On-Site Disinfection System offers Automated Control

New systems offering on-site, on-demand generation of dilute hypochlorite, coupled with automated chlorine dosing and remote monitoring, can be operated for days or even weeks without operator intervention.

May 1st, 2006
Th 210206

New systems offering on-site, on-demand generation of dilute hypochlorite, coupled with automated chlorine dosing and remote monitoring, can be operated for days or even weeks without operator intervention.


The Miox system delivers a dilute hypochlorite solution.
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On-site generation equipment can be purchased by any facility to generate its own chlorine without having to transport hazardous chemicals. The feedstocks to the equipment are salt and water, which form a chlorine-based liquid disinfectant when electrolyzed. Like other forms of chlorine, chlorine generated on site is effective against common microorganisms and also leaves a chlorine residual. On-site generation has become an established disinfection technology with over 4,000 installations across the country from a variety of manufacturers.

The very design of on-site generation offers labor savings by eliminating shelf life and degradation issues, particularly important for operators with a less technical skill level. Generating the hypochlorite solution on demand means that the operator does not have to compensate for diminishing concentrations or adjust mixing and dilution ratios, as with delivered bleach. The disinfectant is also generated at a safe concentration of < 1% free available chlorine, just below the threshold for hazardous materials. Due to this low concentration, the solution is far less corrosive than 12.5% bleach.

Systems from the Miox Corp. offer automatic chlorine dosing controlled by a 4-20 mA input from chlorine residual monitors. This set-up guarantees that sufficient chlorine residuals are retained in the distribution system, even with fluctuations in chlorine demand. In addition, there is no longer a need to manually adjust dosage levels to accommodate fluctuations in chlorine concentration.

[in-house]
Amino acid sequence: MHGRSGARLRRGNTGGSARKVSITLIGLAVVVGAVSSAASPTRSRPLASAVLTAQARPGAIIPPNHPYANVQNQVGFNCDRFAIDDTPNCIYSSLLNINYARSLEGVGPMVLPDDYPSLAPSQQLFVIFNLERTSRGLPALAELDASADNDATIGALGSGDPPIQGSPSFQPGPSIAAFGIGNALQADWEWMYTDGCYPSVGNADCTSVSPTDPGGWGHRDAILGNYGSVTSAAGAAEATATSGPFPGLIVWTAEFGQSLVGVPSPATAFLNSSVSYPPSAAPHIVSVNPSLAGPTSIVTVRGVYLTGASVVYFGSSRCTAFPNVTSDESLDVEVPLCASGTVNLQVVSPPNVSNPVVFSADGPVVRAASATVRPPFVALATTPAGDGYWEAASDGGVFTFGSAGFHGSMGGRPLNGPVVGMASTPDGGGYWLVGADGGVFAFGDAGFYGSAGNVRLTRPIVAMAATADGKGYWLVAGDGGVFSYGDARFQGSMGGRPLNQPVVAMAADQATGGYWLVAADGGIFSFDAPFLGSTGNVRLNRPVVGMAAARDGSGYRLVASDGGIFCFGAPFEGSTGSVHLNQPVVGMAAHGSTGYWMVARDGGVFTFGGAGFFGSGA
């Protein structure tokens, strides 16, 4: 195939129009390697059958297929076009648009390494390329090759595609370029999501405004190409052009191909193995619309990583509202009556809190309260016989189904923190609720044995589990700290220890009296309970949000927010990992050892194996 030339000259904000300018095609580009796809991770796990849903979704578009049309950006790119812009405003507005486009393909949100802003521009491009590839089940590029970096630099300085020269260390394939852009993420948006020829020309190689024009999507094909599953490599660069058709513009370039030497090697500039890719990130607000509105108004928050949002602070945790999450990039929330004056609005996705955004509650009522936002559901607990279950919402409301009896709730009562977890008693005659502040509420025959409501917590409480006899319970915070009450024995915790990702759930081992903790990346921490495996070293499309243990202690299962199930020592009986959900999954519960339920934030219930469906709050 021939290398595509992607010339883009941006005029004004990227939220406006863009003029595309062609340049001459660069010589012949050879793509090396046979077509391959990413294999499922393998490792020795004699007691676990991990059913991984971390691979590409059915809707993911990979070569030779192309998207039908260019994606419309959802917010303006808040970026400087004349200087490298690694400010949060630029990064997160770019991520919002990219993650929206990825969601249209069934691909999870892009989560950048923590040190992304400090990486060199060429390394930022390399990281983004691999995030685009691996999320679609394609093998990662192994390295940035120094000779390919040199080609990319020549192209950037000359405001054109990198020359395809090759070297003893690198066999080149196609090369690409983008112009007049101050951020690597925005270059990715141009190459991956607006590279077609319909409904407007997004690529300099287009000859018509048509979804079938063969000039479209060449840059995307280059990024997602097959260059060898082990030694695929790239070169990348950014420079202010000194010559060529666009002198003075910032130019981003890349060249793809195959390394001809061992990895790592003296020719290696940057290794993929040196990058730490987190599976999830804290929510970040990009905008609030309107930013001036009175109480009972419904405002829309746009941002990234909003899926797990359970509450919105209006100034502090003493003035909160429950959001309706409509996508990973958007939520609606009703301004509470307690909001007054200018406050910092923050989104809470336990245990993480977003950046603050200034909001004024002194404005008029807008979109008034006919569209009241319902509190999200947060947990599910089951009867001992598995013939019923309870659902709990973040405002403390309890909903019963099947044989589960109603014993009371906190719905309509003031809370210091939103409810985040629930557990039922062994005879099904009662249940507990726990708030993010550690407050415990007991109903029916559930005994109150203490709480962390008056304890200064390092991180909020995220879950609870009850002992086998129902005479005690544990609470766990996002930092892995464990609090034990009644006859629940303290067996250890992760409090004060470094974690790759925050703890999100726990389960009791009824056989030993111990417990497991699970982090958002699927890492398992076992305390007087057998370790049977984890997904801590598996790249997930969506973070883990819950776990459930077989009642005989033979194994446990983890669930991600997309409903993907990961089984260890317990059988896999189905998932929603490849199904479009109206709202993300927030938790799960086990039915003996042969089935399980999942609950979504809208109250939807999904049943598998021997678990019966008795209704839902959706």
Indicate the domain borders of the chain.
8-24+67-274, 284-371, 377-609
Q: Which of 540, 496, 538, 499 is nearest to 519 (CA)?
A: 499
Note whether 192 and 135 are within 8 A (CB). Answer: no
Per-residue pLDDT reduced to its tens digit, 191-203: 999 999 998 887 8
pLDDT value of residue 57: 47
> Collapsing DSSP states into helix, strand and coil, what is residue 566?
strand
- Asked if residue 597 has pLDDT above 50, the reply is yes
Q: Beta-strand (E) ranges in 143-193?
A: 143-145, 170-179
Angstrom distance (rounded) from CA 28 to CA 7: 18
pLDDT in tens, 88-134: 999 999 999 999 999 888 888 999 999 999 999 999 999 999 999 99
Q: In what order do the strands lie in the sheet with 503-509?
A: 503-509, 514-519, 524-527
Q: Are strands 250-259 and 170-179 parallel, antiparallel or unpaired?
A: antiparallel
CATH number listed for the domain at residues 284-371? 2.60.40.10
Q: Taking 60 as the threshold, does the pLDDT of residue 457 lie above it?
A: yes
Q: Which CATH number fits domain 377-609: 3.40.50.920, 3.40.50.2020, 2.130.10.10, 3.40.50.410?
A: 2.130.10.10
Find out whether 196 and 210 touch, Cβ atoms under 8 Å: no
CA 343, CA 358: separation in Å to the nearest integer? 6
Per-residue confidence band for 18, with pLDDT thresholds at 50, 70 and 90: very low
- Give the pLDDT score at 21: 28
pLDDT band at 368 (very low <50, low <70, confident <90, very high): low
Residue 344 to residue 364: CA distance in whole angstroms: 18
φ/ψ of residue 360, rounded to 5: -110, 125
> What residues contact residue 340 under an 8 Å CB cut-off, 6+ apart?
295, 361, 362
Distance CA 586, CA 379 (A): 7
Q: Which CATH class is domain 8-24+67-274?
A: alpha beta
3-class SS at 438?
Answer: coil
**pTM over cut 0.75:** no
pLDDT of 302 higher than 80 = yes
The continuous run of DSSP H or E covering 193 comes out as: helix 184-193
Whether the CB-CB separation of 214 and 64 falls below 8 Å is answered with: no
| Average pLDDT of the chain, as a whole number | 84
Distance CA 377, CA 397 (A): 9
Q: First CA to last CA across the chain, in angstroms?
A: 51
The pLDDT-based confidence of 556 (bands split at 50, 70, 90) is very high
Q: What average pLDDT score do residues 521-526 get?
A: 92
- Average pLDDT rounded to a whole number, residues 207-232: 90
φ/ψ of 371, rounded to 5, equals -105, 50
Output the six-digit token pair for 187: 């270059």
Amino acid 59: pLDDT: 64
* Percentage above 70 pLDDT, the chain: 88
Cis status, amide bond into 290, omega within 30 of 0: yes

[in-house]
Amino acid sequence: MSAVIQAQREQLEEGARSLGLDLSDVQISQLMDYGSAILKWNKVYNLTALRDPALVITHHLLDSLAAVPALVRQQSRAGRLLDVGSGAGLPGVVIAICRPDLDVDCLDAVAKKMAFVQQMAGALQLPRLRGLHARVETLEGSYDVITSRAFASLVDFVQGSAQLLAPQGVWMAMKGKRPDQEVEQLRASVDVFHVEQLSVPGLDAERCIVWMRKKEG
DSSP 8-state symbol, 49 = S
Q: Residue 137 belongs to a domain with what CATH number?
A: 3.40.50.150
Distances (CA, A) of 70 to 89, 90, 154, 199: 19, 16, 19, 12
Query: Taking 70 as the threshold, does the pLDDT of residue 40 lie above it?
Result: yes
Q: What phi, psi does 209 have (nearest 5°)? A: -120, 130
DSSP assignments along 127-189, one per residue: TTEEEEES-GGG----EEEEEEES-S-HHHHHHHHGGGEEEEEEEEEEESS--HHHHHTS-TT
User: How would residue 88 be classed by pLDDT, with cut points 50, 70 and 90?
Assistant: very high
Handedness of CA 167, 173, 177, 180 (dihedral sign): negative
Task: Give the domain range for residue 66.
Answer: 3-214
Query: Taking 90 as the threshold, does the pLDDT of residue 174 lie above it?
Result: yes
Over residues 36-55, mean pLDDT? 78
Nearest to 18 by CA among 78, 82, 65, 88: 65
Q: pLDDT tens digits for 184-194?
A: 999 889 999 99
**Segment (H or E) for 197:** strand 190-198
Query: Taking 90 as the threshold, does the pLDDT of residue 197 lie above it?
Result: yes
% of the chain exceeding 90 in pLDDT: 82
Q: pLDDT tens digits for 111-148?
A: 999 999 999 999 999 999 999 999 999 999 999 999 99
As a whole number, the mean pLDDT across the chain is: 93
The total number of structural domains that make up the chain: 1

Guaranteeing the proper residual ensures compliance with chlorine standards and drastically reduces coliform violations. As regulatory violations decrease, follow-up monitoring, public notifications, and their associated expense are also reduced. Automation of any sort also reduces required operational hours, which would again permit more time to perform other operational tasks.

A final option for automation is the integration of internet monitoring software. This feature is newly available on MIOX equipment and allows remote access and visibility into system operation. The monitoring can be set up to notify the water plant operator, MIOX customer service, or a secondary service provider whenever the equipment goes into fault, guaranteeing a more rapid response.

Many of the operational fixes are simple tasks that can be performed more easily with tailored instructions from a service provider, even when operators on site are not highly trained.

On-site generation systems with automated chlorine dosing and internet monitoring can be run with little or no operator intervention for days and even weeks. For remote sites, operator visits to treatment stations would be reduced, with a corresponding reduction in expense and labor hours.

Should the water supply become inadequate for drinking, MIOX on-site generation systems are designed to alert the operator and shut off provision of water. With sufficient storage tank volume, properly treated water will still be available for days and sometimes even weeks before operator intervention is required.

Equipment capacities range from 1 to 1000 pounds of free available chlorine (FAC) per unit per day. With almost unlimited modularity, MIOX equipment is suitable for any size community. For more information visit the company’s website at www.miox.com

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